On Capitol Hill, Lawmakers Debate A Path Forward For Energy Industry

On Capitol Hill, Lawmakers Debate
Wall Street CEOs to Voice Capital-Rule Concerns at Senate Hearing.

America’s energy industry has been dealt a severe blow by the COVID-19 pandemic, accompanying shutdowns, and an international price war that sent oil prices to record lows.

On Capitol Hill, lawmakers are trying to determine the path forward through the recovery process, a debate that will affect oil and natural gas producers nationwide, even as the debate largely focuses around alternative energy.

“Rapid action on climate change must be born from practicality, not ideology or wishful thinking,” said Ernest Moniz, who explained at a recent congressional hearing that his organization, the Energy Futures Initiative, had responded to the introduction of the Green New Deal by proposing its own ‘Real Deal.’

Moniz is the former Secretary of the Energy Department for the Obama administration’s second term.

“A just and equitable low-carbon future must accommodate regional differences, and coalition building is essential to the success of the green-energy transition,” he said to the House Committee on Energy and Commerce.

Moniz focused on “advanced energy technologies and associated job creation.” In layman’s terms, this is a plan to support the rapid development of a broad range of carbon-free energy technologies, including advances in wind and solar.

Renewable energy—and especially solar power—has attracted particular attention because of a surge in hiring in 2019. According to a new report released by the Energy Futures Initiative and the National Association of State Energy Officials, solar energy firms employed 248,000 people in 2019, an increase of 2.3 percent.

Increases in oil and gas employment, meanwhile, easily surpassed these gains, with the industry reporting 18,000 new jobs on top of 2019 industry employment of nearly 900,000.

However, COVID-19 and the subsequent economic downturn has left all energy producers in a precarious position.

“We need to recognize that 2020 is not the year we hoped it would be,” said Greg Wetstone, president of the American Council on Renewable Energy, who went on to press Congress to extend tax credits for renewable power by a year.”

Many domestic producers have found themselves in a similar position. Some 65 percent of oil rigs have been idled, said Ohio Rep. Bill Johnson (R), a sign of a precipitous drop in production across many energy rich parts of the country.

Lawmakers are divided about how to address this issue. Republican lawmakers like Johnson want to use the Strategic Petroleum Reserve and programs like the Paycheck Protection Program to assist domestic energy producers, while many Democrats embrace the opportunity to transition to a cleaner energy economy and some Republicans remain wary of allowing the government to put its finger on the scale of energy markets.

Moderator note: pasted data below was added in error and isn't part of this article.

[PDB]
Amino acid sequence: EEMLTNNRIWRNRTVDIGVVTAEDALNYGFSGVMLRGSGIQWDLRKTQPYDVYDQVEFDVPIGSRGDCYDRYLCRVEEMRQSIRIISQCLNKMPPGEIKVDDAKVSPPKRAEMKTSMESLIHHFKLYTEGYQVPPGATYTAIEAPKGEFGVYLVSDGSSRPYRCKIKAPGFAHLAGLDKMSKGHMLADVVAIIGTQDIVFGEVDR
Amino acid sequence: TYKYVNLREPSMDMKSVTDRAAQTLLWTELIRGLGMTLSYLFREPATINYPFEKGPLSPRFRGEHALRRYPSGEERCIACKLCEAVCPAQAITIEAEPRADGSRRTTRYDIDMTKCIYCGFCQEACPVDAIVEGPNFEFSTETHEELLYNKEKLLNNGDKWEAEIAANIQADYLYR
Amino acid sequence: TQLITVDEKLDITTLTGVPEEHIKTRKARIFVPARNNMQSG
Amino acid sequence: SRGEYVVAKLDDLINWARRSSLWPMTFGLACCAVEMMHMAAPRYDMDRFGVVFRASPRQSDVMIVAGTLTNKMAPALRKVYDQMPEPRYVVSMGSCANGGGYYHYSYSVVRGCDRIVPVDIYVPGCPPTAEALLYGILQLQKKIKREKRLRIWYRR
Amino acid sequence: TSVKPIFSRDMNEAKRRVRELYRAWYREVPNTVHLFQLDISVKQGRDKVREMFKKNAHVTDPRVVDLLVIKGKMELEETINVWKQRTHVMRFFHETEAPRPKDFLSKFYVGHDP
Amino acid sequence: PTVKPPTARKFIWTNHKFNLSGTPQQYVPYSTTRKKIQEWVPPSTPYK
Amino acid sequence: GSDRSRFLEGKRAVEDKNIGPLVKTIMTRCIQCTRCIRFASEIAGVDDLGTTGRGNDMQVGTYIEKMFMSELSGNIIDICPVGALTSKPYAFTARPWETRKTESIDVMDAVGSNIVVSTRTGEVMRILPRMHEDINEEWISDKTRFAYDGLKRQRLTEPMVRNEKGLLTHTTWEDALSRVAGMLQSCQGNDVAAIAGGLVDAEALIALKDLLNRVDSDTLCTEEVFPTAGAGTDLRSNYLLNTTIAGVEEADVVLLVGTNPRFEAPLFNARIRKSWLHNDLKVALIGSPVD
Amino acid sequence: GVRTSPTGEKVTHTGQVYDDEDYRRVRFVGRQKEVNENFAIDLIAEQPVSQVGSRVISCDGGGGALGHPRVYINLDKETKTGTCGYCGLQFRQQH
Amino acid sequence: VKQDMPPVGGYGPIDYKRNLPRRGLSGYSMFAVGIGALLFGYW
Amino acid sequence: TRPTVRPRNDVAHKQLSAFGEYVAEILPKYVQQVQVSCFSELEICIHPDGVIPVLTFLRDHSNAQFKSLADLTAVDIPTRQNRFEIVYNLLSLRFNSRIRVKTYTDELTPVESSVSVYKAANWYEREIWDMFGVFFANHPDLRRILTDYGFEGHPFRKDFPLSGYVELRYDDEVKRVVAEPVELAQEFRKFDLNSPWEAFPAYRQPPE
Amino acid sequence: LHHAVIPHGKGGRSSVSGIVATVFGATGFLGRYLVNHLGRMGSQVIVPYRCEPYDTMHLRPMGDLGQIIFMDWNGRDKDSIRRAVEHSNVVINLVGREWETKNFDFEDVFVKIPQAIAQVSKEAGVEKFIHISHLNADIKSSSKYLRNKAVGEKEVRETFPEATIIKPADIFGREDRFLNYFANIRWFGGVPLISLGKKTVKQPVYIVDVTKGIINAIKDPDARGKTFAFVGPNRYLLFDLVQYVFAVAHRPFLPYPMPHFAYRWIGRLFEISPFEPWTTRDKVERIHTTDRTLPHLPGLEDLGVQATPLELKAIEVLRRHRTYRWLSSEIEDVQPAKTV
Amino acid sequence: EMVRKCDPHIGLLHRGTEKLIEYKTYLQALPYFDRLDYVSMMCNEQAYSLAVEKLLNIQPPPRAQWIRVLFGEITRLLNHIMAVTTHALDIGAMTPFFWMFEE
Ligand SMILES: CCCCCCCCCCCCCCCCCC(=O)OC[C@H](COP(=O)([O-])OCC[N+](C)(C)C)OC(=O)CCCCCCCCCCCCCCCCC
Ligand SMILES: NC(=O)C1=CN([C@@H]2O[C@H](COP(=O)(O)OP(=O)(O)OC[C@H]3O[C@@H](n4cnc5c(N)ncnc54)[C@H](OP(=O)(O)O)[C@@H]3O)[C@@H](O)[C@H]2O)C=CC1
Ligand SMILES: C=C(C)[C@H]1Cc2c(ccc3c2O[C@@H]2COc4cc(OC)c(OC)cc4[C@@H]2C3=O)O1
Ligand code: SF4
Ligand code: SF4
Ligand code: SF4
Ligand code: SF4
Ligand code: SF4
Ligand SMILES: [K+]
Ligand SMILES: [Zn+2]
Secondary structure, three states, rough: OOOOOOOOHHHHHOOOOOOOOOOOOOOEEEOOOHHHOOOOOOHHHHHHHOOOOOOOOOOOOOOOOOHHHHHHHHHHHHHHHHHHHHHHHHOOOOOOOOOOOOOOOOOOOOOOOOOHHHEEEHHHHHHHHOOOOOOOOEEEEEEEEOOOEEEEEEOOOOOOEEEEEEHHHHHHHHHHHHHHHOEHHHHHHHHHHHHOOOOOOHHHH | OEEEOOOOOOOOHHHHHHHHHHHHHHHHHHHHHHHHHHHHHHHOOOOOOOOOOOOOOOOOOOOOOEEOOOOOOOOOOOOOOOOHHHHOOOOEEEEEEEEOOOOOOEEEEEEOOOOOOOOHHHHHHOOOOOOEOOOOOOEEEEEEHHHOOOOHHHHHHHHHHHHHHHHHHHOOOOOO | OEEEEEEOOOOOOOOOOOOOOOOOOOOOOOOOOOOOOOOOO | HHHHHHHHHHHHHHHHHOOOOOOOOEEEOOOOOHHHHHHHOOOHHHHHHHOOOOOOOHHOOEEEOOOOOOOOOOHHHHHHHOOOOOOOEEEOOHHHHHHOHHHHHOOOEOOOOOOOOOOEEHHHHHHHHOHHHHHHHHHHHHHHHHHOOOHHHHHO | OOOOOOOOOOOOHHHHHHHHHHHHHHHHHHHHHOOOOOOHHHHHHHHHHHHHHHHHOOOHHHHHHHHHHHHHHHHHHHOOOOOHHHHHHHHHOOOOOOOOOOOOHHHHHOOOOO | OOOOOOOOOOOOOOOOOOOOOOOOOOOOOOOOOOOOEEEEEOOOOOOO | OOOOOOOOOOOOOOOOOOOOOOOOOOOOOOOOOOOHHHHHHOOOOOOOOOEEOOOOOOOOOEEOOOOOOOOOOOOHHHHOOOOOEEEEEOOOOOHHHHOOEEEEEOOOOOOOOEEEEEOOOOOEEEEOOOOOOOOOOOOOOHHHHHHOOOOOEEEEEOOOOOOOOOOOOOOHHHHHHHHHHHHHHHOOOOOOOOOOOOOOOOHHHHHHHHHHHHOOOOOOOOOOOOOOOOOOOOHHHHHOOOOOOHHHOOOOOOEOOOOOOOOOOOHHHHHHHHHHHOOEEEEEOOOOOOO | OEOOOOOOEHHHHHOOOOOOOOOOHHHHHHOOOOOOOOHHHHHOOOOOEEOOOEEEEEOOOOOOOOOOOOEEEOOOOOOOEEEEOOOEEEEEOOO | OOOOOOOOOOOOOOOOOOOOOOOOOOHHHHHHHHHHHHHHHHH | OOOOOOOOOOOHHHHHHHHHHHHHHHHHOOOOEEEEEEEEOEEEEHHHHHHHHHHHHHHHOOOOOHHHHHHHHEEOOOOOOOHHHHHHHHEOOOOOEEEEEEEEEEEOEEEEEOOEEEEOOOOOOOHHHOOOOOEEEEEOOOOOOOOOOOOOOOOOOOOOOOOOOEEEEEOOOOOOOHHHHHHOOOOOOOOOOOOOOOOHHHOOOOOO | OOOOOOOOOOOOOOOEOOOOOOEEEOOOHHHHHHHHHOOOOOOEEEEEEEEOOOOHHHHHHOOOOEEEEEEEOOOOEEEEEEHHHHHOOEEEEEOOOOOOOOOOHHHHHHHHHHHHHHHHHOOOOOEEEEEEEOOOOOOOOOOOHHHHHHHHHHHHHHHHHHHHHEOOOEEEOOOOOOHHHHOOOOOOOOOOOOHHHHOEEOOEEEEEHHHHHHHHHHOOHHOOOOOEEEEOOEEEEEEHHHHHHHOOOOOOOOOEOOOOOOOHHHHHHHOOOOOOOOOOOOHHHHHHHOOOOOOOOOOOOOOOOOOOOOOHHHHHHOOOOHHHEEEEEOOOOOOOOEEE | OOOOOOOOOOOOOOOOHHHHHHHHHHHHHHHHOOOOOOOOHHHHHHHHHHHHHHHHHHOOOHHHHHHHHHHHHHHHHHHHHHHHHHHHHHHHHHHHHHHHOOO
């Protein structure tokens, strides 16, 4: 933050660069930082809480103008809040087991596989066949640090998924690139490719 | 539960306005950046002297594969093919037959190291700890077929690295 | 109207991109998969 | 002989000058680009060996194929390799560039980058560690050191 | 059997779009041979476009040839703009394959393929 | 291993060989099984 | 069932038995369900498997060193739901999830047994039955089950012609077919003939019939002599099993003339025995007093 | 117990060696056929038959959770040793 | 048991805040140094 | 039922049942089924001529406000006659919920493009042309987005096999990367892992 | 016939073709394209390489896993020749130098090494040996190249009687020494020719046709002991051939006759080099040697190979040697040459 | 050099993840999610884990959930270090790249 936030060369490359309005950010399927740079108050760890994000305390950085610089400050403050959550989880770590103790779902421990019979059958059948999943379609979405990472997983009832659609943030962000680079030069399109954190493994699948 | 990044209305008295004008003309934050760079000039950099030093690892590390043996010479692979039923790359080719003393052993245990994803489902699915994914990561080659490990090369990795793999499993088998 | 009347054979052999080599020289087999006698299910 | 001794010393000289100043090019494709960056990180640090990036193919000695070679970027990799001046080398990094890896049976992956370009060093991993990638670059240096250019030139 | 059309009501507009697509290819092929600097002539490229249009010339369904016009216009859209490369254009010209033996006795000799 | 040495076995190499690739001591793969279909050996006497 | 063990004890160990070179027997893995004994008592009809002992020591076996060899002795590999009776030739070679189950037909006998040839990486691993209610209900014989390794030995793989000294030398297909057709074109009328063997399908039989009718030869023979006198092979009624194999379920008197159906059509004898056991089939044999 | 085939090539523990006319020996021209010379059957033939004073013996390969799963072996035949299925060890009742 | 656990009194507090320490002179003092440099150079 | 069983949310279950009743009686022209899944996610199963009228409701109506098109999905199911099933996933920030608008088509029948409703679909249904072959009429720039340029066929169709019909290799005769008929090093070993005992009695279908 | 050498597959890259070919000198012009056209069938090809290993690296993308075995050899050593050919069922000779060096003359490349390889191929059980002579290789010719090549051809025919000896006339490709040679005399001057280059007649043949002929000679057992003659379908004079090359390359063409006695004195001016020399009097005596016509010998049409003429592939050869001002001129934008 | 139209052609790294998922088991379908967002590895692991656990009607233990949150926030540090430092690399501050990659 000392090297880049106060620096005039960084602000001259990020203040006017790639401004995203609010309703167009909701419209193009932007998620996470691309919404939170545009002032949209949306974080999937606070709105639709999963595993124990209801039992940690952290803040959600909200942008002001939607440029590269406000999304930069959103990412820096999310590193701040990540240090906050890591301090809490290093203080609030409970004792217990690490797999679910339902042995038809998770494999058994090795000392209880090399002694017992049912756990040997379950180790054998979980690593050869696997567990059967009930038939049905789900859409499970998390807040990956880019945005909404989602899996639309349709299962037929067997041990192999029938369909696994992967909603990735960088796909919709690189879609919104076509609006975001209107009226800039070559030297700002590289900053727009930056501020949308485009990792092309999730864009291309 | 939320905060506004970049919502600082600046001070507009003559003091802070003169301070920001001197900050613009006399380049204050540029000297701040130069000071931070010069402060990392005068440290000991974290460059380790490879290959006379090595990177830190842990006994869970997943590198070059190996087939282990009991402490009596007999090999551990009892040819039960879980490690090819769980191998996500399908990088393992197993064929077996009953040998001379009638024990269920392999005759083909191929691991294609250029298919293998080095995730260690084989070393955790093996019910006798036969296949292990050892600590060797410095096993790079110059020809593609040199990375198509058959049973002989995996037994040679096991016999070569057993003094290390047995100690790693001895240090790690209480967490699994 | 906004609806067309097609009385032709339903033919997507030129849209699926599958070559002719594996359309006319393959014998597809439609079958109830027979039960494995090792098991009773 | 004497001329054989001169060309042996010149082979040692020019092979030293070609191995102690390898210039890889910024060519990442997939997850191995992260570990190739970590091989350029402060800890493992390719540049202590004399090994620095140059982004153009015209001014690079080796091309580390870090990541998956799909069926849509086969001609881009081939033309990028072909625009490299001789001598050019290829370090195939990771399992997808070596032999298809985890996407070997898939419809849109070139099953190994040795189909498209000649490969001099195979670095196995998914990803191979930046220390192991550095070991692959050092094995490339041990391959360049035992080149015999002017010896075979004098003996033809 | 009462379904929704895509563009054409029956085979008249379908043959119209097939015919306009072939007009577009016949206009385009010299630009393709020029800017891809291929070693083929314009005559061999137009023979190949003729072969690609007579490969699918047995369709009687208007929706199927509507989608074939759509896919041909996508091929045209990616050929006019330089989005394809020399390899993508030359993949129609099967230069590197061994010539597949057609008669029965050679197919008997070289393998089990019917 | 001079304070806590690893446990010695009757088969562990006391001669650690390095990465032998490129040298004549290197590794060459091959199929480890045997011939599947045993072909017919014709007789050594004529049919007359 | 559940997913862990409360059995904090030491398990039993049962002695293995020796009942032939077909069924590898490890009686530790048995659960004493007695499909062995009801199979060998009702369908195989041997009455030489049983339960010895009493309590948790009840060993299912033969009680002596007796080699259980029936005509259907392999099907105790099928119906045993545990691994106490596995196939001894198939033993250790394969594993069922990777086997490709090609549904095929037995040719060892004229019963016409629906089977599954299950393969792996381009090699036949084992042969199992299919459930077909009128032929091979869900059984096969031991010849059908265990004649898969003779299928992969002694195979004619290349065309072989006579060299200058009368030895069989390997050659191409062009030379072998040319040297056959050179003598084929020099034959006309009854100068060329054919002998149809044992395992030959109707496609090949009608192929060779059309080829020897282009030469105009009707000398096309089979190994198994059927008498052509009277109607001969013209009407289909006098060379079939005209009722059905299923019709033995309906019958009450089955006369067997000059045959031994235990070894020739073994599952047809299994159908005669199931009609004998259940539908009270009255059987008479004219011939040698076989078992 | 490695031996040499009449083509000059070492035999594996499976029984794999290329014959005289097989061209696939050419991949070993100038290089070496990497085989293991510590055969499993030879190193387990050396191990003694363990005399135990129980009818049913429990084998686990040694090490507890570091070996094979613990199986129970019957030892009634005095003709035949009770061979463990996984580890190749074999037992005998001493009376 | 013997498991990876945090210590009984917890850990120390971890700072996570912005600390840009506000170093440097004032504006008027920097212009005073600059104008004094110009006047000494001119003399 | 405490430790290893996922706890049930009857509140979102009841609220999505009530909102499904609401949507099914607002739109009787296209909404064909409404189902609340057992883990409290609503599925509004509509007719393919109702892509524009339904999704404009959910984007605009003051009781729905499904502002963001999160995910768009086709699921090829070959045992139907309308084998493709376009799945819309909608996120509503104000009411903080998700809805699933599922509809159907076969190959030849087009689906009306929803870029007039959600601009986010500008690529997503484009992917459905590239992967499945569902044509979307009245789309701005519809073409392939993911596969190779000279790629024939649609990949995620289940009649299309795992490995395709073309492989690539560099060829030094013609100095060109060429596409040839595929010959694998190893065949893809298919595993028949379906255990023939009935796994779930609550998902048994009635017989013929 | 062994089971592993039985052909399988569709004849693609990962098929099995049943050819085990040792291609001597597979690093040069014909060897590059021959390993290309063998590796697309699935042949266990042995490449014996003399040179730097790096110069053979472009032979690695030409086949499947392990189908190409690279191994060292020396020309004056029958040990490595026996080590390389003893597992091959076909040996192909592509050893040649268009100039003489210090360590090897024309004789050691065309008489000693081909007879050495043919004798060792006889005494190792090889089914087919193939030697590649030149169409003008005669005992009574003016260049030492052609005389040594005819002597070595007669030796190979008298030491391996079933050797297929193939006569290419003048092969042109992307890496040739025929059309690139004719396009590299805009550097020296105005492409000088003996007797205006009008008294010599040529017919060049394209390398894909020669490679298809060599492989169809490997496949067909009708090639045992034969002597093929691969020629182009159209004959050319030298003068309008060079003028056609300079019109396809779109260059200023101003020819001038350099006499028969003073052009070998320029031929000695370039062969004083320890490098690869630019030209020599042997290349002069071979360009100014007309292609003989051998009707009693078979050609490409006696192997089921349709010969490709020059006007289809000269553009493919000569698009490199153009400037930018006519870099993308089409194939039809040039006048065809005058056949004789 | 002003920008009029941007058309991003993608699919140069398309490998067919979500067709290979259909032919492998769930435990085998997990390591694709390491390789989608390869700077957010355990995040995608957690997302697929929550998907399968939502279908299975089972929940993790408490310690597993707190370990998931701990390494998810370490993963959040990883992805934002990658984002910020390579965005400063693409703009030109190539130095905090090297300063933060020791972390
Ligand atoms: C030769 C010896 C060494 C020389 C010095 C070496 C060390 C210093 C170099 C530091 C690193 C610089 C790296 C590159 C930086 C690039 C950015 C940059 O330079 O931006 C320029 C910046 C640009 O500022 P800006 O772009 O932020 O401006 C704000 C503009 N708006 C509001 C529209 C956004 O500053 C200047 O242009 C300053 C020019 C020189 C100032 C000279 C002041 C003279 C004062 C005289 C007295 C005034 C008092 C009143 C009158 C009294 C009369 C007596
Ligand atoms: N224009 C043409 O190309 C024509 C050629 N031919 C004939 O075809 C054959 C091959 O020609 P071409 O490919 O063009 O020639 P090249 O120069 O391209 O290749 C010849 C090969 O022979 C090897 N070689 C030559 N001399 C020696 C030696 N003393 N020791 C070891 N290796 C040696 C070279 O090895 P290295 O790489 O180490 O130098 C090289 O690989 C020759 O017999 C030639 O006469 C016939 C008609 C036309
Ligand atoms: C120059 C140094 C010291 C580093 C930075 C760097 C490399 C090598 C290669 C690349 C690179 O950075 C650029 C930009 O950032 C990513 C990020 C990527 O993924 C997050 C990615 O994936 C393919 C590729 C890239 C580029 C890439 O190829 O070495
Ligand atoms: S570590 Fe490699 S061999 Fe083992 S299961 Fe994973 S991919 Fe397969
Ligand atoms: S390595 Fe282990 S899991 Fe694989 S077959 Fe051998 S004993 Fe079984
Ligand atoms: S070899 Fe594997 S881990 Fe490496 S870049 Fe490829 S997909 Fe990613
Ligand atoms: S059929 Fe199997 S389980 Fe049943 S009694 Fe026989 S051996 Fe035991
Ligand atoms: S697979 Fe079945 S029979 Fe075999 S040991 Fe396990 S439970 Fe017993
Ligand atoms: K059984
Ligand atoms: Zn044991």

“Like many, the energy sector has been significantly hurt by the economic crisis brought on by the coronavirus pandemic.

For America to win again and for our economy to boom again, we must focus on sustainable, efficient and pragmatic policy solutions that will not only enable our energy sector to survive this immediate crisis, but also thrive in the next era of America leadership.

This pandemic has underscored that the world should not be led by the Chinese communist party,” said Washington Rep. Cathy McMorris Rodgers (R), who stressed the need to support the industry within a free market framework.

“We cannot and should not try to beat them at their own game by picking winners and losers and subsidizing technologies and companies.”

Fellow Republican Bob Latta (Ohio), framed support for the industry within a broader commitment to strengthening supply chains.

“This health crisis has also exposed our supply chain vulnerabilities.

Whether it is medical supplies or energy, we have had to learn the hard way that more attention needs to be focused on a strong supply chain and building up domestic industries. This is good for national security and good for domestic jobs,” Latta said.

“We have lost too many Americans to this virus and tens of thousands have experienced economic hardship due to the shutdowns, including job losses in the energy sector,” he continued. “We need to be doing all we can to help our neighbors get back on their feet and get the economy moving again.”

For lawmakers looking to aid the recovery, an important question is how significant the changes the industry faces will be.

Moniz sees the price shocks seen earlier this spring marked the start of a period of structural change for the industry that comes alongside a broader push for climate-friendly initiatives.

He noted that even companies with large holdings in fossil fuels are becoming more open to carbon reduction efforts and welcomed them as necessary partners in energy transition.

“Write downs and dividend reductions show that oil companies are not looking near term. They are looking at structural change,” Moniz said. “The way I see it–and this is controversial–is it is all about coalitions. Frankly the energy companies need to be part of that coalition for us to move as fast as we can.”

Though hiring in clean energy last year outpaced the overall economy nearly 2-to-1, job losses since March have erased almost five years’ worth of employment gains.

As Congress considers the best way to respond to the COVID-19 pandemic, the energy sector will likely see this debate between conventional and renewable energy play out more than once.

For previous supporters of green energy, the chance to restructure the industry is also a chance to reorient toward clean energy.

Conventional producers, meanwhile, find it difficult to find allies on Capitol Hill.

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